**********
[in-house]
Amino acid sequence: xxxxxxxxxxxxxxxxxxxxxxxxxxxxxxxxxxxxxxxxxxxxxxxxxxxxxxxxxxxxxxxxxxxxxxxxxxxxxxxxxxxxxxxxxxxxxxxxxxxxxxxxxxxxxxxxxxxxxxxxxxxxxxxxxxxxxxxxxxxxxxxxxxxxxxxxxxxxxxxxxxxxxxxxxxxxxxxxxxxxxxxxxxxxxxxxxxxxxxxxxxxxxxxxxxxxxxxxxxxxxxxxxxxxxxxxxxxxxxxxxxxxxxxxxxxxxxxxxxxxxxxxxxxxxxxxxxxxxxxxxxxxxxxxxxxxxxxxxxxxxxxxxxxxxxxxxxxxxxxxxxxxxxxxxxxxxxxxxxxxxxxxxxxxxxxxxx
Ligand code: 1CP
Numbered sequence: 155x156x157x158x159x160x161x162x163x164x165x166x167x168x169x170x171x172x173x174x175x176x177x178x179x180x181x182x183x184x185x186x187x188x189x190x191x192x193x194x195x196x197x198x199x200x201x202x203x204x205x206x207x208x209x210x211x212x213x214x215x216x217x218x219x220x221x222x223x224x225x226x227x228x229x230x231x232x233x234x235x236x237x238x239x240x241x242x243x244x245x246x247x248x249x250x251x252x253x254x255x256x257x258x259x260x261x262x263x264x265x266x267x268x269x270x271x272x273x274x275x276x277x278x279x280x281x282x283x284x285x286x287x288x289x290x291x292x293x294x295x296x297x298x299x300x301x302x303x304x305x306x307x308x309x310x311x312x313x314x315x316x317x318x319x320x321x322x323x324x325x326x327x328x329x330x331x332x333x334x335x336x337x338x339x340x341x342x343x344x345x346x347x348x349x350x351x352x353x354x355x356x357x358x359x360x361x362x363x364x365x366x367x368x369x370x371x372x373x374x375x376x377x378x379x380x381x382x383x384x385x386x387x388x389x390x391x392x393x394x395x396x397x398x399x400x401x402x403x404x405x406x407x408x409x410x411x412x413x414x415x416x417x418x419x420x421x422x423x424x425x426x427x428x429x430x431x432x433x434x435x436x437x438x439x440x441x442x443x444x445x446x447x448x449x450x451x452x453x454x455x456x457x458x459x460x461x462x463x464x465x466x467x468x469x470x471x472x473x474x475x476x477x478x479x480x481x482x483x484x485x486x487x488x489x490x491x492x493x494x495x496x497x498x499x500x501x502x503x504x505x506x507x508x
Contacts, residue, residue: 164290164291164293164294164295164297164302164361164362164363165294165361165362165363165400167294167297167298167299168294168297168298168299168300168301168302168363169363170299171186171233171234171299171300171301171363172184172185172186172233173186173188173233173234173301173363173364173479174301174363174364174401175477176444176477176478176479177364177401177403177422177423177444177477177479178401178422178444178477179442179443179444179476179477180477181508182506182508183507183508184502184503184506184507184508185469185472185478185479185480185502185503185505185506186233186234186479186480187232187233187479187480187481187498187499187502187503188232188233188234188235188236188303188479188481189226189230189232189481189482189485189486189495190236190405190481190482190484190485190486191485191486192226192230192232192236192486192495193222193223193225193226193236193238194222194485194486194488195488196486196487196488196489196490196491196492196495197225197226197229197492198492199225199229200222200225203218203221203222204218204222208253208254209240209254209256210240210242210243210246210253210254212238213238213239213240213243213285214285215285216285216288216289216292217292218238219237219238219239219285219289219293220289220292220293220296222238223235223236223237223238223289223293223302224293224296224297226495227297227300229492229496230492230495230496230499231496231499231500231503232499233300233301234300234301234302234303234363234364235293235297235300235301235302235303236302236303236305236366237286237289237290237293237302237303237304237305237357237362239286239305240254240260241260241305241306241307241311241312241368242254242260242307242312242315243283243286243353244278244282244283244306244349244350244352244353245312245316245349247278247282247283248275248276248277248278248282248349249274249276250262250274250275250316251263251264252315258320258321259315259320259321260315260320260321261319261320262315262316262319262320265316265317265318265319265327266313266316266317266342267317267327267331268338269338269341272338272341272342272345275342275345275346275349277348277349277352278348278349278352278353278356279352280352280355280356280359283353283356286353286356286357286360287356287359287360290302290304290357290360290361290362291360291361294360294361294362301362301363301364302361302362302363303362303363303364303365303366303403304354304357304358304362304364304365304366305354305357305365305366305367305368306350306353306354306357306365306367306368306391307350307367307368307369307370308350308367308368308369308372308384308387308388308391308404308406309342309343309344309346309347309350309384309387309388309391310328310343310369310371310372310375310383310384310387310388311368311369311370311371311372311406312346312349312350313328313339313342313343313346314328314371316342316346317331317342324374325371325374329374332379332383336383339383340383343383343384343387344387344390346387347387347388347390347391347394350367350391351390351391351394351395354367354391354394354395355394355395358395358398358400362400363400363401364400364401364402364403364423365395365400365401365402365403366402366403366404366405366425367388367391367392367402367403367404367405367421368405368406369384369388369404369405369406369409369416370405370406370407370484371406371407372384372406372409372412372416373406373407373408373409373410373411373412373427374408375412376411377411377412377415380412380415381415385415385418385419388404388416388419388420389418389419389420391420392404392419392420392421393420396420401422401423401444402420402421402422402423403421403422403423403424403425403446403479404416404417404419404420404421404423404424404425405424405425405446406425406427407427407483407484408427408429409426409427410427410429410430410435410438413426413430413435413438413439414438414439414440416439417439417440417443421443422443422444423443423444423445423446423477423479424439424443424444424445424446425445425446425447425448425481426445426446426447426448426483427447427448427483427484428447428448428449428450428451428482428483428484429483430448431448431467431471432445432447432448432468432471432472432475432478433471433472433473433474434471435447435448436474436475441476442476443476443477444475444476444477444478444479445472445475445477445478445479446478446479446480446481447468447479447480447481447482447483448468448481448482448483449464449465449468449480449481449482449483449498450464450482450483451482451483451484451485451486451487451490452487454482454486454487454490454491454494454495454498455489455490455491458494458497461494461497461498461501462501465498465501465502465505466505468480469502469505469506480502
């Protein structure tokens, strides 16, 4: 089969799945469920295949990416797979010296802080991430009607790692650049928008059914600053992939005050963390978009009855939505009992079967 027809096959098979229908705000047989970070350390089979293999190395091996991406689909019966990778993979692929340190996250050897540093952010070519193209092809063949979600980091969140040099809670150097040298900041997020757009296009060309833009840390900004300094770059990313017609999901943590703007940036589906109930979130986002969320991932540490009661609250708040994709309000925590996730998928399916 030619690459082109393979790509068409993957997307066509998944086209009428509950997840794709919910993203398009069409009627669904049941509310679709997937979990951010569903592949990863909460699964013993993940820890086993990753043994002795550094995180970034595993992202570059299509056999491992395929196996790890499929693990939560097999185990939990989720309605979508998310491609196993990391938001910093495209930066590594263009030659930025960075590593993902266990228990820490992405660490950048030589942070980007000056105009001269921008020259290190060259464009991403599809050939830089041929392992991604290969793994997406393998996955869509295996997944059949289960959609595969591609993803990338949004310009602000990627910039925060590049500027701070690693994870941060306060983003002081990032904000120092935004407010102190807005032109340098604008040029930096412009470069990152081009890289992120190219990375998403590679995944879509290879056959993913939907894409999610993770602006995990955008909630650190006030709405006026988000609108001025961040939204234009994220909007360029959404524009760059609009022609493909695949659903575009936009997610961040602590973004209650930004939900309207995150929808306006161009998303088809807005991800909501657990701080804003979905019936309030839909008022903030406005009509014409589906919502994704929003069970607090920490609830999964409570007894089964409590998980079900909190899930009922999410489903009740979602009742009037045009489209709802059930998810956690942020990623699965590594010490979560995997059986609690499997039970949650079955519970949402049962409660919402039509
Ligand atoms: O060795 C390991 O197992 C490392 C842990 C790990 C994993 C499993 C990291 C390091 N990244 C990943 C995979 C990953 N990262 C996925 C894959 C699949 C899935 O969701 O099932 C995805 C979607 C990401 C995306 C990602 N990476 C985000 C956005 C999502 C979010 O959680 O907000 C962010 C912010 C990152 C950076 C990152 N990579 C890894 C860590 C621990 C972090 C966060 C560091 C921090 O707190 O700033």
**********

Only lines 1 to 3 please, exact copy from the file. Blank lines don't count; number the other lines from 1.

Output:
[in-house]
Amino acid sequence: xxxxxxxxxxxxxxxxxxxxxxxxxxxxxxxxxxxxxxxxxxxxxxxxxxxxxxxxxxxxxxxxxxxxxxxxxxxxxxxxxxxxxxxxxxxxxxxxxxxxxxxxxxxxxxxxxxxxxxxxxxxxxxxxxxxxxxxxxxxxxxxxxxxxxxxxxxxxxxxxxxxxxxxxxxxxxxxxxxxxxxxxxxxxxxxxxxxxxxxxxxxxxxxxxxxxxxxxxxxxxxxxxxxxxxxxxxxxxxxxxxxxxxxxxxxxxxxxxxxxxxxxxxxxxxxxxxxxxxxxxxxxxxxxxxxxxxxxxxxxxxxxxxxxxxxxxxxxxxxxxxxxxxxxxxxxxxxxxxxxxxxxxxxxxxxxxx
Ligand code: 1CP